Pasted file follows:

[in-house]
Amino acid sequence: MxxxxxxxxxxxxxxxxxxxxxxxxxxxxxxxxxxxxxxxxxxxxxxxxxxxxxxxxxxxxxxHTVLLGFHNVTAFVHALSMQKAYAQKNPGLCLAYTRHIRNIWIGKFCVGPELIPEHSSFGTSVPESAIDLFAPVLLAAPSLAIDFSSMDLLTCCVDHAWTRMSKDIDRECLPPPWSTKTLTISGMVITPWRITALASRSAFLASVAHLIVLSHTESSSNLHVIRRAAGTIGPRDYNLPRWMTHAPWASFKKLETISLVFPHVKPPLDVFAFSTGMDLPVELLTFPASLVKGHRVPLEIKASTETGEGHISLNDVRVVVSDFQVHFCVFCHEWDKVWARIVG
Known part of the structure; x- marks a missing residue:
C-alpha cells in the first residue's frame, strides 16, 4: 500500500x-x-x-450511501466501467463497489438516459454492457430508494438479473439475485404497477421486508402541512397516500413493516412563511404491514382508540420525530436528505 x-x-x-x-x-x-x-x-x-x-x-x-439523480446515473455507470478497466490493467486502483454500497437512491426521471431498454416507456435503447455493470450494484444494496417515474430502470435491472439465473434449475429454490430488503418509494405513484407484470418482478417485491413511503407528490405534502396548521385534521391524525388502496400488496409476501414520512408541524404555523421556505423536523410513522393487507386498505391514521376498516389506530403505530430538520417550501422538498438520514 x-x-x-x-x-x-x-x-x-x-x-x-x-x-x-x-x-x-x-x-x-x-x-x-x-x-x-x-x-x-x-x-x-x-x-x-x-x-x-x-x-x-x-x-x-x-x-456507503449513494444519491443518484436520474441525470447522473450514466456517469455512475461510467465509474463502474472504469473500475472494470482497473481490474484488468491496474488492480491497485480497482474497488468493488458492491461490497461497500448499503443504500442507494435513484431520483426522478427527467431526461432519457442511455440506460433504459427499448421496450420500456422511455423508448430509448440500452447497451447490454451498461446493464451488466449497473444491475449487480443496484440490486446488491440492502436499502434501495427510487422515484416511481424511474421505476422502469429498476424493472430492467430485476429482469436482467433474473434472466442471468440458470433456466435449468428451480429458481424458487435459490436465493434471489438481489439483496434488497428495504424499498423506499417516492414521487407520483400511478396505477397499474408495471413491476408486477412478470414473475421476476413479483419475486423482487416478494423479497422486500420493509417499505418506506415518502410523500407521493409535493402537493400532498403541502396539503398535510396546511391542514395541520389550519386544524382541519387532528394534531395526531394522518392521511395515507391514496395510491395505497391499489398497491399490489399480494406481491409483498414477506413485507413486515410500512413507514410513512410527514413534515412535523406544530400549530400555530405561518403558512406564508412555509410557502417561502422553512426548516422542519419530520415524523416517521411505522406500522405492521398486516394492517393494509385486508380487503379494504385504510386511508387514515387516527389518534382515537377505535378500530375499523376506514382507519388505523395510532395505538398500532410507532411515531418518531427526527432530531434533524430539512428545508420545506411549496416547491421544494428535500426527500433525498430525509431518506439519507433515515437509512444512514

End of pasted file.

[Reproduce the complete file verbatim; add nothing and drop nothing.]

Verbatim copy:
[in-house]
Amino acid sequence: MxxxxxxxxxxxxxxxxxxxxxxxxxxxxxxxxxxxxxxxxxxxxxxxxxxxxxxxxxxxxxxHTVLLGFHNVTAFVHALSMQKAYAQKNPGLCLAYTRHIRNIWIGKFCVGPELIPEHSSFGTSVPESAIDLFAPVLLAAPSLAIDFSSMDLLTCCVDHAWTRMSKDIDRECLPPPWSTKTLTISGMVITPWRITALASRSAFLASVAHLIVLSHTESSSNLHVIRRAAGTIGPRDYNLPRWMTHAPWASFKKLETISLVFPHVKPPLDVFAFSTGMDLPVELLTFPASLVKGHRVPLEIKASTETGEGHISLNDVRVVVSDFQVHFCVFCHEWDKVWARIVG
Known part of the structure; x- marks a missing residue:
C-alpha cells in the first residue's frame, strides 16, 4: 500500500x-x-x-450511501466501467463497489438516459454492457430508494438479473439475485404497477421486508402541512397516500413493516412563511404491514382508540420525530436528505 x-x-x-x-x-x-x-x-x-x-x-x-439523480446515473455507470478497466490493467486502483454500497437512491426521471431498454416507456435503447455493470450494484444494496417515474430502470435491472439465473434449475429454490430488503418509494405513484407484470418482478417485491413511503407528490405534502396548521385534521391524525388502496400488496409476501414520512408541524404555523421556505423536523410513522393487507386498505391514521376498516389506530403505530430538520417550501422538498438520514 x-x-x-x-x-x-x-x-x-x-x-x-x-x-x-x-x-x-x-x-x-x-x-x-x-x-x-x-x-x-x-x-x-x-x-x-x-x-x-x-x-x-x-x-x-x-x-456507503449513494444519491443518484436520474441525470447522473450514466456517469455512475461510467465509474463502474472504469473500475472494470482497473481490474484488468491496474488492480491497485480497482474497488468493488458492491461490497461497500448499503443504500442507494435513484431520483426522478427527467431526461432519457442511455440506460433504459427499448421496450420500456422511455423508448430509448440500452447497451447490454451498461446493464451488466449497473444491475449487480443496484440490486446488491440492502436499502434501495427510487422515484416511481424511474421505476422502469429498476424493472430492467430485476429482469436482467433474473434472466442471468440458470433456466435449468428451480429458481424458487435459490436465493434471489438481489439483496434488497428495504424499498423506499417516492414521487407520483400511478396505477397499474408495471413491476408486477412478470414473475421476476413479483419475486423482487416478494423479497422486500420493509417499505418506506415518502410523500407521493409535493402537493400532498403541502396539503398535510396546511391542514395541520389550519386544524382541519387532528394534531395526531394522518392521511395515507391514496395510491395505497391499489398497491399490489399480494406481491409483498414477506413485507413486515410500512413507514410513512410527514413534515412535523406544530400549530400555530405561518403558512406564508412555509410557502417561502422553512426548516422542519419530520415524523416517521411505522406500522405492521398486516394492517393494509385486508380487503379494504385504510386511508387514515387516527389518534382515537377505535378500530375499523376506514382507519388505523395510532395505538398500532410507532411515531418518531427526527432530531434533524430539512428545508420545506411549496416547491421544494428535500426527500433525498430525509431518506439519507433515515437509512444512514